Shock and jubilation rushed across amateur wrestling social media accounts on Tuesday afternoon: In a stunning reversal, Stanford University announced that the university would not be dropping the 11 intercollegiate Olympic sports that faced termination after the school year. In recent weeks, University President Marc Tessier-Lavigne met with the 36 Sports Strong alumni group. 36 Strong mobilized external pressure upon the University to reconsider its July 2020 decision to eliminate the programs.
The group targeted Cardinal Athletic Director Bernard Muir, who announced the decision last summer, blaming budget shortfalls and “competitive excellence” as justification. 36 Strong immediately brought Muir’s budget under scrutiny, citing incorrect figures in determining operating costs and expenditures. 36 Strong also showed the massive uptick in administrative spending under Muir.
Bolstered by an improved financial picture with increased fundraising potential, Stanford will continue 11 varsity sports that had been slated for discontinuation at the end of this academic year.#GoStanfordhttps://t.co/9vrbGfjs0e
— Stanford Athletics (@GoStanford) May 18, 2021
Upon the announcement last spring, Stanford Wrestling created its own multi-million-dollar endowment to fund the program without using University funds for a decade. The Stanford Wrestling plan would also allocate funds to build a Cardinal Women’s Wrestling program to help meet the University’s Title IX requirements. Muir ignored the wrestling team’s strategy and independent fundraising efforts, choosing to focus on the program’s lack of “competitive excellence.” The Stanford Wrestling program answered back with one’s its most impressive seasons in years. The team made national headlines when they showed up in St. Louis wearing black singlets without Stanford colors or logos. ESPN picked up the story when Shane Griffith won an NCAA Championship at 165 lbs. while the crowd chanted, “Keep Stanford Wrestling.”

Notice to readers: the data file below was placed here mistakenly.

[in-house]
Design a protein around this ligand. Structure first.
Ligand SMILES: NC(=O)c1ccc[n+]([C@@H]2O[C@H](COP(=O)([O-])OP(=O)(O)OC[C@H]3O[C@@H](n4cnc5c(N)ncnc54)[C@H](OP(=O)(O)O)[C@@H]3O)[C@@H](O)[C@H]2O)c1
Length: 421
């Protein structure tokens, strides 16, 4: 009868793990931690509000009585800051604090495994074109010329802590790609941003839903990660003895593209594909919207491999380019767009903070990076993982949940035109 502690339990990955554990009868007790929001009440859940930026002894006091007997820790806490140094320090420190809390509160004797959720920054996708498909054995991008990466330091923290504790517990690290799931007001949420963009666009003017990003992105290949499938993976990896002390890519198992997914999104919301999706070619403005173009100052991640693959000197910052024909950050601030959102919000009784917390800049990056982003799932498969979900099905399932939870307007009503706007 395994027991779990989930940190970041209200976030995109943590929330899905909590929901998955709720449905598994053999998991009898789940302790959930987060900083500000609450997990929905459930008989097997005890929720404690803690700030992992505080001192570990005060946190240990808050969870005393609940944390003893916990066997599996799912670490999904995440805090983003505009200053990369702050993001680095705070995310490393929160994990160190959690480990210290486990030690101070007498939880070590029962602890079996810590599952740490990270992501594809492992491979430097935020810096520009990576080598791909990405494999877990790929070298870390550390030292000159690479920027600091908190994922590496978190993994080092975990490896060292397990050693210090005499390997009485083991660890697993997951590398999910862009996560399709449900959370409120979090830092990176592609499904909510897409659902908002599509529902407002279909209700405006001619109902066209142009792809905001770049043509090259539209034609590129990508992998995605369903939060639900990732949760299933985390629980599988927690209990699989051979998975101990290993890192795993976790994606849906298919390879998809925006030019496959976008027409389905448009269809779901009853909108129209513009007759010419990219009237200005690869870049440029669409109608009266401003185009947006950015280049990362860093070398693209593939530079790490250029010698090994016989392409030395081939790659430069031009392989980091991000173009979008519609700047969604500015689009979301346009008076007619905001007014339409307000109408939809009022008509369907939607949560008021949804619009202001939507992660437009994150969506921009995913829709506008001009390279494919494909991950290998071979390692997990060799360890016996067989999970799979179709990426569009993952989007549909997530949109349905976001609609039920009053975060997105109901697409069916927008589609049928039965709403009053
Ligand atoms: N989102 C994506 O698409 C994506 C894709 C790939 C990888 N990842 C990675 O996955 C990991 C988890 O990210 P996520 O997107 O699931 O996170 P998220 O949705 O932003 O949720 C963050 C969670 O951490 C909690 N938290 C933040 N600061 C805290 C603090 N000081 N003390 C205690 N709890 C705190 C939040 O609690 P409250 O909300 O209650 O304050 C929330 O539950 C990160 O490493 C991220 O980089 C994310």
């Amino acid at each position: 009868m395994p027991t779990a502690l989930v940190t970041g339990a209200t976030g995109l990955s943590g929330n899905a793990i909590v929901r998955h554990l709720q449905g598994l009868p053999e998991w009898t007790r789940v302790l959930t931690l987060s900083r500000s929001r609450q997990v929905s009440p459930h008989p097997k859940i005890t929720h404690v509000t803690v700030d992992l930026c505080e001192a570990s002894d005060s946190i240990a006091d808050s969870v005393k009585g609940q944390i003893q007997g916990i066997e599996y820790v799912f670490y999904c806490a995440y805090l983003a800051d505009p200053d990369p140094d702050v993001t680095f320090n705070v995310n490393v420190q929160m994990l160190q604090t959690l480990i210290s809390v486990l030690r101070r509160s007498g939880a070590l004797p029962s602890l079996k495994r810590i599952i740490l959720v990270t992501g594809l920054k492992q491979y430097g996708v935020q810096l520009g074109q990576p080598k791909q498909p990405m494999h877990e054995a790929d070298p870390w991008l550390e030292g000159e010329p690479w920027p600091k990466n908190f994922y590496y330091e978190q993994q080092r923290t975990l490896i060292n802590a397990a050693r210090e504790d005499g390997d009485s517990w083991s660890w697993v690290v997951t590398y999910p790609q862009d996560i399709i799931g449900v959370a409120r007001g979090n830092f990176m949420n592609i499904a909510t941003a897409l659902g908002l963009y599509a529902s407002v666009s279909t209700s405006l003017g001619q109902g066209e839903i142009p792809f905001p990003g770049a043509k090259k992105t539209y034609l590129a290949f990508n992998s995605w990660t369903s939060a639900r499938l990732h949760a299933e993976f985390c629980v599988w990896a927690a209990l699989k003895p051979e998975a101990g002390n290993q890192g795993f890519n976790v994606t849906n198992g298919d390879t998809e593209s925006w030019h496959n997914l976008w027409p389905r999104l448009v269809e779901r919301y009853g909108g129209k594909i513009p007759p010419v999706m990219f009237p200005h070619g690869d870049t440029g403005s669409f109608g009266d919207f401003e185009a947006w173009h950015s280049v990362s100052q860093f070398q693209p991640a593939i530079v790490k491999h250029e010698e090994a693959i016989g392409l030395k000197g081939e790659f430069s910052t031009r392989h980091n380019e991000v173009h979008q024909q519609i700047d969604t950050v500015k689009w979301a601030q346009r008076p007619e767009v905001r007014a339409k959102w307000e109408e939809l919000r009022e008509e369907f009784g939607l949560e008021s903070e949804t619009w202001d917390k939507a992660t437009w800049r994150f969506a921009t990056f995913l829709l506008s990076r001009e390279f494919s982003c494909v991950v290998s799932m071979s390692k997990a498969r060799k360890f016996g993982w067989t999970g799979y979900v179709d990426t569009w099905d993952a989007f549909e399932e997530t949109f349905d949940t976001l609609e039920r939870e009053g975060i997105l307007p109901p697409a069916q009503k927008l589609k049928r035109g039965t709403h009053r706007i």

Mounting pressure from 36 Strong and the release of a Netflix documentary implicated Muir’s knowledge in Varsity Blues ringleader Rick Singer’s bribery scandal. Pres. Tessier-Lavigne conducted a positive meeting with representatives from the dropped athletic programs and 36 Strong in April. Sources within the Cardinal Wrestling program feared the meeting would just be a political tactic. However, in the weeks following, the attitude in the athletic department began to shift, signaling the potential decision.
Though the Stanford program was saved, it will move forward without head coach Jason Borrelli who took the head coaching job at American University last month. Borrelli oversaw the revitalization of the Cardinal program, earning its first NCAA finalist since 2004 and its second NCAA Champion. However, Borrelli needed to take care of his family with an uncertain future and take the American position. Sources say current Stanford assistants Alex Tirapelle and Ray Blake will fill head coaching responsibilities until a final decision is made.
For the first time in almost a year, the mood in Palo Alto is positive and anticipating the future.